mooreartpress209 was founded in May 2010 to publish artist's books by it's founder pam butler, her friends and other stuff she likes. The Good Girl Book, it's first book is now out.
Lotion is a mooreartpress209 magazine, coming out sometimes quarterly, or twice a year or whenever an issue is ready. It was launched in Spring 2015.
Using the format afforded by a magazine, Lotion, creates visual essays through the juxtaposition of disparate imagery. The goal of each issue is to set up a layout which flirts with meaning and social critique without ever landing at any specific narrative or argument. Lotion never proposes answers but seeks to point out problems and contradictions in our social constructs. Each issue has a loose theme, and sometimes these themes are clear to more of the audience than just the artist.
All issues through issue 5 were created and edited by Pam Butler using her own drawings, paintings and photographs (plus a few found images). Issue 6 adds contributions from the artist Leigh Ledare. Issue 7, the PamTam issue builds from a set of drawings by PamTam (the collaborative duo of Pam Butler and Tamara Gonzales) with additional drawings and photos by Pam Butler and additional photos by Tamara Gonzales. Issue 8, Be A Happy Person, includes contributions from the artist Lisa Levy. Issue 9, was made in collaboration with artist Alex Blag. Issue 10 done in collaboration with the photographer Allen Frame includes poetry as well as photographs by Frame and Butler.
Lotion Issue 10 – Past Lives (52 pages) – Summer 2023 Butler worked on this issue with her longtime friend and mentor, Allen Frame. For both of them poetry is often a part of their practice and they have at times taken poetry workshops together. When the possibility of collaborating on an issue of Lotion came up including their poetry into the mix with their photographic images seemed a given. With this mixture of picture and words a sense of each artists awareness of aging comes to the fore. An overall haunted quality pervades the issue as it investigates what it means to live many lives inside of any single individual life.
Lotion Issue 9 – Date Night (52 pages)
Issue #9 “Date Night” is an illustration of the depravity found at the intersection of artist Alex Blag’s instagram images and text messages collaged with artist Pam Butler’s images of dead and blown up bodies, princesses and beauty queens, scribbled musings, and insects. Insect bites, cow tongues, a shark, and abandoned dolls are set against a backdrop of worn out suburbia and its inherent loneliness. Included are text messages from a brief virtual affair Alex was having during Butler and Blag’s collaboration and a photo of Alex’s son making out with a statue.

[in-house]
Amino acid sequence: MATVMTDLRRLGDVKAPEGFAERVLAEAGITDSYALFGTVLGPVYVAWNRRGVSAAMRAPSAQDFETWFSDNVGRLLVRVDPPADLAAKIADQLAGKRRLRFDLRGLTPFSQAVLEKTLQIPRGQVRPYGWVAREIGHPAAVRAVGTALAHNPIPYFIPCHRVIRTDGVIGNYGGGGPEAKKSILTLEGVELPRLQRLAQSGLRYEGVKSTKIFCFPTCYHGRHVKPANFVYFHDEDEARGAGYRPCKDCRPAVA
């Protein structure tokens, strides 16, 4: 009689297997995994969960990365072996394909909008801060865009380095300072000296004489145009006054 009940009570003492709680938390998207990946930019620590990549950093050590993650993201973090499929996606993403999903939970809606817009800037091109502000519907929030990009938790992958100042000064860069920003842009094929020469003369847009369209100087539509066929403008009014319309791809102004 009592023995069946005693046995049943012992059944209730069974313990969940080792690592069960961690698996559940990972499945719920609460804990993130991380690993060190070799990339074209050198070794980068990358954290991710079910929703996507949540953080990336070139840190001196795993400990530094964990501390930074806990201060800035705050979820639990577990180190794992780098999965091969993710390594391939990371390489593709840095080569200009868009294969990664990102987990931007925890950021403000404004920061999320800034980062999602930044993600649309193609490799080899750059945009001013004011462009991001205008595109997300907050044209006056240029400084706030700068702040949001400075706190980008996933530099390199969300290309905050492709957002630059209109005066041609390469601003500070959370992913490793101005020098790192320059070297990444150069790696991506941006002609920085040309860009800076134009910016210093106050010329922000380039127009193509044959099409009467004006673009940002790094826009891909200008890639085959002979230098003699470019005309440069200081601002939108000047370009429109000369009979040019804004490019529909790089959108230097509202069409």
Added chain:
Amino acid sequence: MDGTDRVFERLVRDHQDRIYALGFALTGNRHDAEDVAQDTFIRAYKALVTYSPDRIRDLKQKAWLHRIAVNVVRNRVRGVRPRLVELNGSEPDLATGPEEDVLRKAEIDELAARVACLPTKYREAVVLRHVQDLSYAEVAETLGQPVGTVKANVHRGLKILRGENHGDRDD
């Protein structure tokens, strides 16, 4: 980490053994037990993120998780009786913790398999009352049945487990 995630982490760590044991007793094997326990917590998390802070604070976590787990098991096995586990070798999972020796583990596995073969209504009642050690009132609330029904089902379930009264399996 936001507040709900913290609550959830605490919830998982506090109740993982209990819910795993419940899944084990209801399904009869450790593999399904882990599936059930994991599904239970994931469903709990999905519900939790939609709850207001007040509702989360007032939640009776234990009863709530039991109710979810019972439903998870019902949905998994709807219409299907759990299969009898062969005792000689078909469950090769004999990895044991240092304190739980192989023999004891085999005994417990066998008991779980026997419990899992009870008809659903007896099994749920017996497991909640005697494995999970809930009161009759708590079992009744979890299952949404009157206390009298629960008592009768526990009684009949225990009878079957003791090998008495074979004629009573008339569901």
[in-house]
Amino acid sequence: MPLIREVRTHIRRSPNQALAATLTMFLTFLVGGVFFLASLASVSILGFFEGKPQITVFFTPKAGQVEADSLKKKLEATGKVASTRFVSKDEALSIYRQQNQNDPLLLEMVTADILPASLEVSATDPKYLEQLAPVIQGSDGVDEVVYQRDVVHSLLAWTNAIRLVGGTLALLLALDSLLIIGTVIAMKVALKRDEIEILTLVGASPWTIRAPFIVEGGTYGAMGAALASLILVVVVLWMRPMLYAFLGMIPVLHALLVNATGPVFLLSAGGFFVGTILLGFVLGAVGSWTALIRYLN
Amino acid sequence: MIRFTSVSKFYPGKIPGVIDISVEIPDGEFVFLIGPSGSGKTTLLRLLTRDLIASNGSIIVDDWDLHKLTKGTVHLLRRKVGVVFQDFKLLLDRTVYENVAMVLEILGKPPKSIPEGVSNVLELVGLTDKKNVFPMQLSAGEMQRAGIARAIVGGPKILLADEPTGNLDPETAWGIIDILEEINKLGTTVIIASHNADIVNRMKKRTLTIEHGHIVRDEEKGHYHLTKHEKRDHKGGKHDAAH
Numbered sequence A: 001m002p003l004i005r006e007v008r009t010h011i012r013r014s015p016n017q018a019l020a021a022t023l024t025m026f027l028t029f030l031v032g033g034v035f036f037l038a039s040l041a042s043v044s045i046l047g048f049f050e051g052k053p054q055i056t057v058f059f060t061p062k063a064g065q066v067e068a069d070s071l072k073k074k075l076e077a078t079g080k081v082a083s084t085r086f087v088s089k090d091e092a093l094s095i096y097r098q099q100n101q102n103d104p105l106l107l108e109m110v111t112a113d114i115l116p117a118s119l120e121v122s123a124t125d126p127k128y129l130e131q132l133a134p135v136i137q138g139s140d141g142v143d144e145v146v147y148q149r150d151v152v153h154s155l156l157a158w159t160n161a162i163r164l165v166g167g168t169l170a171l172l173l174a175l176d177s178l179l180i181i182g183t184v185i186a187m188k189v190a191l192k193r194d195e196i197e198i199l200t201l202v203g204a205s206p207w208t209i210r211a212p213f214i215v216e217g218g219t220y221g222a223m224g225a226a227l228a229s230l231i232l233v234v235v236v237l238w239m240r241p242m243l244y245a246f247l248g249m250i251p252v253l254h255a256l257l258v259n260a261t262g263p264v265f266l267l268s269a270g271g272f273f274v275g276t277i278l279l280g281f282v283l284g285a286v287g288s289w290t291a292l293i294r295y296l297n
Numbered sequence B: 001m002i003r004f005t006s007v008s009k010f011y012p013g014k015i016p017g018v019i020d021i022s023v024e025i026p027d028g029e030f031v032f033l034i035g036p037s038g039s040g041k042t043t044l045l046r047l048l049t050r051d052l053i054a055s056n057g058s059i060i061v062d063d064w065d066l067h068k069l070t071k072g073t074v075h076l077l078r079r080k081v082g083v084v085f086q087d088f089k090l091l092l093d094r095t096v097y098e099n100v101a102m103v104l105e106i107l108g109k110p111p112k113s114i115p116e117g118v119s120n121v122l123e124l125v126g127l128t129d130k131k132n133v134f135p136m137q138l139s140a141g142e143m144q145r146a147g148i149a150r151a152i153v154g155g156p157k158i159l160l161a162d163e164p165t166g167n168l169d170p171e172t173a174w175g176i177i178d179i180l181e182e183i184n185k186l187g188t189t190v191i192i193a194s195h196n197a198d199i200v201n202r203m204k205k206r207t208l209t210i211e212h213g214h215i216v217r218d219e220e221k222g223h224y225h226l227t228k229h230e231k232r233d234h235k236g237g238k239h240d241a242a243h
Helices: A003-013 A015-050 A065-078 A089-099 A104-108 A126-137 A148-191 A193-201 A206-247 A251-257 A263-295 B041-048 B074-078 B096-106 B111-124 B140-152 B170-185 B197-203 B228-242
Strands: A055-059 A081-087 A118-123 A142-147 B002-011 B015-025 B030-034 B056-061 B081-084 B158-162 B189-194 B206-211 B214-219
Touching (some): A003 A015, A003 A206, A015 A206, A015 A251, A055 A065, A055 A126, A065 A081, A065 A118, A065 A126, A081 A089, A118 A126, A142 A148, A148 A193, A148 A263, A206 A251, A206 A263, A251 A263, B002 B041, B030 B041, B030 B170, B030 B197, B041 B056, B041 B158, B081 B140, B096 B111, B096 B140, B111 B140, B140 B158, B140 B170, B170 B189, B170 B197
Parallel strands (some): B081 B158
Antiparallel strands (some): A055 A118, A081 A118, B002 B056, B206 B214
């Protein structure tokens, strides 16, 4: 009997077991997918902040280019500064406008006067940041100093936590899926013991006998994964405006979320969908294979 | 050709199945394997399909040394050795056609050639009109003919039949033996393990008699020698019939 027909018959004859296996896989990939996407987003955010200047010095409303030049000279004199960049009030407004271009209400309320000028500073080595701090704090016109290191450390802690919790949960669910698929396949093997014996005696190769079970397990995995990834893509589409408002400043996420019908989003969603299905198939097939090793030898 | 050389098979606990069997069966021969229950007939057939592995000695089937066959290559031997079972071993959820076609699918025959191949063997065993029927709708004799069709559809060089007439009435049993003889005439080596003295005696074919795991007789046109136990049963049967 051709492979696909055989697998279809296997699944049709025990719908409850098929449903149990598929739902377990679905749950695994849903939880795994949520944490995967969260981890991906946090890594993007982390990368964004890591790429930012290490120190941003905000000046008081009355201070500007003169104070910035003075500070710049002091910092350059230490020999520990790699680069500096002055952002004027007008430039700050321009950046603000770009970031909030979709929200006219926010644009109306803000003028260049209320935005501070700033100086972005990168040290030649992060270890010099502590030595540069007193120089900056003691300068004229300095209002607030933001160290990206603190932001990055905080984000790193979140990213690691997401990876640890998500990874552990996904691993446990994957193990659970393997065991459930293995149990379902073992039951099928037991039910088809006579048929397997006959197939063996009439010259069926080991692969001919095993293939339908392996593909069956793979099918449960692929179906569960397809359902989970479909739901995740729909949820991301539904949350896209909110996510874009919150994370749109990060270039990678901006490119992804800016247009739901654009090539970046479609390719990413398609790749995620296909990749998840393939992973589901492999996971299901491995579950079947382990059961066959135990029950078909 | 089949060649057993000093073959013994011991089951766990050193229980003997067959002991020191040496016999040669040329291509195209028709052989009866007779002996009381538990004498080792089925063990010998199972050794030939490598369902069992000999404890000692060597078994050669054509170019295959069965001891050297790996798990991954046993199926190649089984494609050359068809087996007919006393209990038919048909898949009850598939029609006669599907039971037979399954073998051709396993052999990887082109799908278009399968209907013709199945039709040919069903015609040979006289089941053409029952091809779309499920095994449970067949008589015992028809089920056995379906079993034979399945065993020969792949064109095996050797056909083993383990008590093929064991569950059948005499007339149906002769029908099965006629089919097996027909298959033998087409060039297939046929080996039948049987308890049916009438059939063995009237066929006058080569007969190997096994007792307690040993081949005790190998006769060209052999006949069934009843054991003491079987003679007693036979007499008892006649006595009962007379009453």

Lotion Issue 8 – Be A Happy Person (52 pages)
For issue #8 of Lotion Pam Butler asked her friend Lisa Levy to collaborate. Both Butler and Levy had seen the over lap in their work since Lisa first introduced herself to Butler at an event at Studio10.
In mixing and collaging works from Levy’s word painting series “The Thoughts In My Head” with their cutting irony and self debasing phrases with her own work Butler achieved an issue that screams of low self esteem mixed with cutting social commentary and an edge that almost borders on cruel. A Levy line reads “If I’ve never offended you, we’re not that close.” and a note pulled from an old sketch book of Butler’s reads “I’ll do whatever you want me to do just so you’ll like me”. Words, found, written & painted mingle with peeing dogs, smiley faces, ducks, bunny rabbits and an image taken from the shower scene in Psycho and found posted on the street one halloween.
Lotion Issue 7 – the PamTam issue (52 pages)
Starting with s group of collaborative drawings that Pam Butler and Tamara Gonzales did sometime around 2012 issue 7 adds photographs Butler took at or near the house Gonzales had at the time in Walton NY. As much as a residence Gonzales’ home was an installation of Gonzales’ art collection, doll, taxidermied animals and knick knack collections all reconfigured into a Gonzales art installation which Butler often photographed on her visits there. Added to these are photographs from the local county fair, a few additional drawings by Butler and photographs by Gonzales. All laid out into an issue that is both whimsical and angry, effusive and defaced, sweet and pornographic, exposed and defiantly vulnerable.